Blog & News
Friday 5: Things To Ponder This Week In Higher Ed 10/9/20
We hope you were able to join us for our Friday 5 Live today as we examined how to support our students’ mental health needs this fall semester. We are grateful for Dr. Aaron Hughey’s insights and recommendations. We are now podcasting Friday 5 Live so you can more easily share this resource with colleagues! Please join us October 23 as we host a panel of students from across the United States who will update us on their fall experiences.
We are introducing a new segment to our Friday 5 Newsletter highlighting a student experience during this strange academic year. We value hearing and learning from our students!
Student Name and College: Alexis, Crafton Hills College
Hometown: Rialto, CA
Share one thing you wish your faculty knew about your experience this fall:
I work full time and I go to school full time. Although I’m determined to get my degree by any means necessary, I am concerned about those students who might come to the Zoom meeting the first day and then I will never see them again or they are still enrolled in the class and they never post on the discussion board. Faculty need to make it known to their students that they care about them and that they are willing to help them succeed.
What has been the resource you’ve found the most helpful this semester?
Having the resources of talking to my counselor to make sure I'm on the right track.
What has been the best part of your semester so far?
That I’m able to do my work at my own pace.
Inside Higher Ed this week looks at the enrollment data for the fall semester reported by the National Student Clearinghouse Research Center. Overall undergraduate enrollment is down 2.5%, but at community colleges that decline is 7.5%. Doug Shapiro, executive director of the National Student Clearinghouse Research Center, said that “the results are extremely concerning for community colleges and the many low-income students they serve.”Inside Higher Ed reports this week on furloughs being announced at institutions across the United States. Last month, “employment in state government education dropped by 49,000 jobs and employment in private education fell by 69,000 jobs.” These cuts are a second round of pandemic-related budget reductions. Many institutions trimmed auxiliary spending in the spring semester so now must cut personnel. “Personnel is the largest line item, and personnel is going to be the area where most institutions are going to have to look for additional savings as they balance their budgets,” shared Jim Hundrieser, the National Association of College and University Business Officers.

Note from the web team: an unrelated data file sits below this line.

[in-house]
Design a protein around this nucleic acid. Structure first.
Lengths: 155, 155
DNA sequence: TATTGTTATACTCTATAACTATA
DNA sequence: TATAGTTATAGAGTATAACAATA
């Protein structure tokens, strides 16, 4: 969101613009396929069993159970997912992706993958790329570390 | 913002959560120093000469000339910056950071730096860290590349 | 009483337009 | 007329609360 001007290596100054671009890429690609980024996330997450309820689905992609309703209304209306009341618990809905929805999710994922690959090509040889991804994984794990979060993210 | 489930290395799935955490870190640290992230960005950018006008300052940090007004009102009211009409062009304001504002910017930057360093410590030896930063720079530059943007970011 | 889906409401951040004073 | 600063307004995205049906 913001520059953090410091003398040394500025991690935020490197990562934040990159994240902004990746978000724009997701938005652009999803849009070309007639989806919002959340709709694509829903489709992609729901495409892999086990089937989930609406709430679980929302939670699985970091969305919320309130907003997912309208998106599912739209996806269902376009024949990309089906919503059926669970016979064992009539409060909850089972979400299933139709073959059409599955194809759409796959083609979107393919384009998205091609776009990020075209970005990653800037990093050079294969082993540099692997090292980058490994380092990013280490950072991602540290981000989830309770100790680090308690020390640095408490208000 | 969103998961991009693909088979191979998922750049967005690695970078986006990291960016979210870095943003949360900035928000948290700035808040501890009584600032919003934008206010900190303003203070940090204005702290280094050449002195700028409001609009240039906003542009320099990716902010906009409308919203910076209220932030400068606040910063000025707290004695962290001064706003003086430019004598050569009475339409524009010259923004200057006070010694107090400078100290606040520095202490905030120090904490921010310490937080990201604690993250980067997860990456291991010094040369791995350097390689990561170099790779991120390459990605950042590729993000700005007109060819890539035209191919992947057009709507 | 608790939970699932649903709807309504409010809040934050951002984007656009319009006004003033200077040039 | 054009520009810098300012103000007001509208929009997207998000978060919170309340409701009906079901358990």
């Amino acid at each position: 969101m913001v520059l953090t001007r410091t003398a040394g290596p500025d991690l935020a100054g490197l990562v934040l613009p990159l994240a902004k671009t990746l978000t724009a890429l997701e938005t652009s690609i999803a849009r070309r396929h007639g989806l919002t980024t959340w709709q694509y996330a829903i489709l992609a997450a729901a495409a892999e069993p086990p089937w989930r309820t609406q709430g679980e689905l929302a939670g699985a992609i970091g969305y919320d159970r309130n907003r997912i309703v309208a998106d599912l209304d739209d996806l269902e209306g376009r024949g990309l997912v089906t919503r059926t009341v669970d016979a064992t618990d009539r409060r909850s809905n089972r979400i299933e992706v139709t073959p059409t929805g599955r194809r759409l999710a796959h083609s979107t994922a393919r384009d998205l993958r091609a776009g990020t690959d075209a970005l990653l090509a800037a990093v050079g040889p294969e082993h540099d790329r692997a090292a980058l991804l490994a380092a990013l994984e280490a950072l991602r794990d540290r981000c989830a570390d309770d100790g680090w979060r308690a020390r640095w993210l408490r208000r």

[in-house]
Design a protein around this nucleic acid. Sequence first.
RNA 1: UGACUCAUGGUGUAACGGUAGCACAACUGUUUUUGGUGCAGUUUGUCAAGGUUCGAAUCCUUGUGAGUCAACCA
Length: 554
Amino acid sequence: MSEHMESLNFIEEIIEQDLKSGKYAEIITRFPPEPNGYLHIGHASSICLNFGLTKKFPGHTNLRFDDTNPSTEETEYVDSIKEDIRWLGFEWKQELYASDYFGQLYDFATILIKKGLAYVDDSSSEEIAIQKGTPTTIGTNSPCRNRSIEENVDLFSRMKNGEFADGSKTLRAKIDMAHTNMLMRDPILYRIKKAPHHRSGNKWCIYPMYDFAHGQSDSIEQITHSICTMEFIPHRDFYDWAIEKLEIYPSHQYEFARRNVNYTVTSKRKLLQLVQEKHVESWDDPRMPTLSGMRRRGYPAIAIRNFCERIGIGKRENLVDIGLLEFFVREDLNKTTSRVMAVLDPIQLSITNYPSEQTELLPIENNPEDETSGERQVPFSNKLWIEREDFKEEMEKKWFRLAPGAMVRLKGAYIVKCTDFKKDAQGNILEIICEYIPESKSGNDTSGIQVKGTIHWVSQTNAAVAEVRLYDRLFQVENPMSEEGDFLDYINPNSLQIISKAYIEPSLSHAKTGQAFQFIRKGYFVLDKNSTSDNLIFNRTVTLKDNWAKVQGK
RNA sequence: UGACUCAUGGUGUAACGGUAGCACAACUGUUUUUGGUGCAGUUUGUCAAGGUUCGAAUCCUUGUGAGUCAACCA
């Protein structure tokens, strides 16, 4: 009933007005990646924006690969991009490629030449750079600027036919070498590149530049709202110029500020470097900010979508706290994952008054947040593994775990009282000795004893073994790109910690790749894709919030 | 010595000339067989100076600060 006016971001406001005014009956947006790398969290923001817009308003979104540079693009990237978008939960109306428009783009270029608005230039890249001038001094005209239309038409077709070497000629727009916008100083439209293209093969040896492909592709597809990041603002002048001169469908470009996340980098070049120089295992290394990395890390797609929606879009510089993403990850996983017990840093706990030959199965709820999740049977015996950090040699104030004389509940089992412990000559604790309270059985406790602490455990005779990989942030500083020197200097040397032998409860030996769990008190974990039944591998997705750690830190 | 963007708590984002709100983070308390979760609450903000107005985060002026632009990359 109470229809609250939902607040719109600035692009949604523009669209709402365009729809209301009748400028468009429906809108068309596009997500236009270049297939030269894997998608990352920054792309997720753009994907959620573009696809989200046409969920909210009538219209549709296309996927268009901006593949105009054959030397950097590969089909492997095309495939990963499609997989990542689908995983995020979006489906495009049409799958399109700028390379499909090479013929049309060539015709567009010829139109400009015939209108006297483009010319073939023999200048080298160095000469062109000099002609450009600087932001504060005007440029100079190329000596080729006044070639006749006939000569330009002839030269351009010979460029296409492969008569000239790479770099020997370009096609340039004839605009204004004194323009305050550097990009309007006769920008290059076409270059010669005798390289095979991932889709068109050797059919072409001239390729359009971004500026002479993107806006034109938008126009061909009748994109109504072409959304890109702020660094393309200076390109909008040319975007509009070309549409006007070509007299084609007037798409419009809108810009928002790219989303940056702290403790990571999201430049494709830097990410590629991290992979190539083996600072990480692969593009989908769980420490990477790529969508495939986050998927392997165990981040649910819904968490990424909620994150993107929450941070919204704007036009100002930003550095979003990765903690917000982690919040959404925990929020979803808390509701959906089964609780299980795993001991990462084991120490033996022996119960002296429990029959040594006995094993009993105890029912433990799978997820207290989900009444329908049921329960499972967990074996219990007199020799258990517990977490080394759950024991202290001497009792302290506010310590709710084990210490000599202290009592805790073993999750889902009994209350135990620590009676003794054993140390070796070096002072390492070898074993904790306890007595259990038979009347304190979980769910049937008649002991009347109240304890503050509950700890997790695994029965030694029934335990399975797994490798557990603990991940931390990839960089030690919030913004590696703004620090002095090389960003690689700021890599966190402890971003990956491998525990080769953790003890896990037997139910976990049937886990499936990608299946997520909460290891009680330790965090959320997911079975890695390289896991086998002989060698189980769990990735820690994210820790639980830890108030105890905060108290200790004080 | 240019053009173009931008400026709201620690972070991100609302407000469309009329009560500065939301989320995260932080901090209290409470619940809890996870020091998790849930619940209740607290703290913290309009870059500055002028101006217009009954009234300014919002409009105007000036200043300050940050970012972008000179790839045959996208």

337,000: The estimated number of fewer workers employed by America’s private and state-controlled institutions of higher education in August compared to February
iverse Issues in Higher Education shares this week a new initiative coming from Google. Three community colleges are working with Google on its new federally accredited apprenticeship program. There has been much discussion this fall about how Google’s credentialing programs will change and influence higher education. The goal of the Google IT Apprenticeship Program is to train students, particularly non-traditionally aged students, for new jobs. The online course will provide students digital, professional and technical skills leading to Google IT certification.
Inside Higher Education examines tribal colleges’ responses to learning during the pandemic. Access to technology is one of the largest hurdles for tribal colleges, many of which are in rural areas. Institutions have moved quickly to address technology needs, faculty training in online pedagogy, and online student support. Tribal college leaders are hopeful that their new embrace of online learning will strengthen their institutions.
October 9, 2020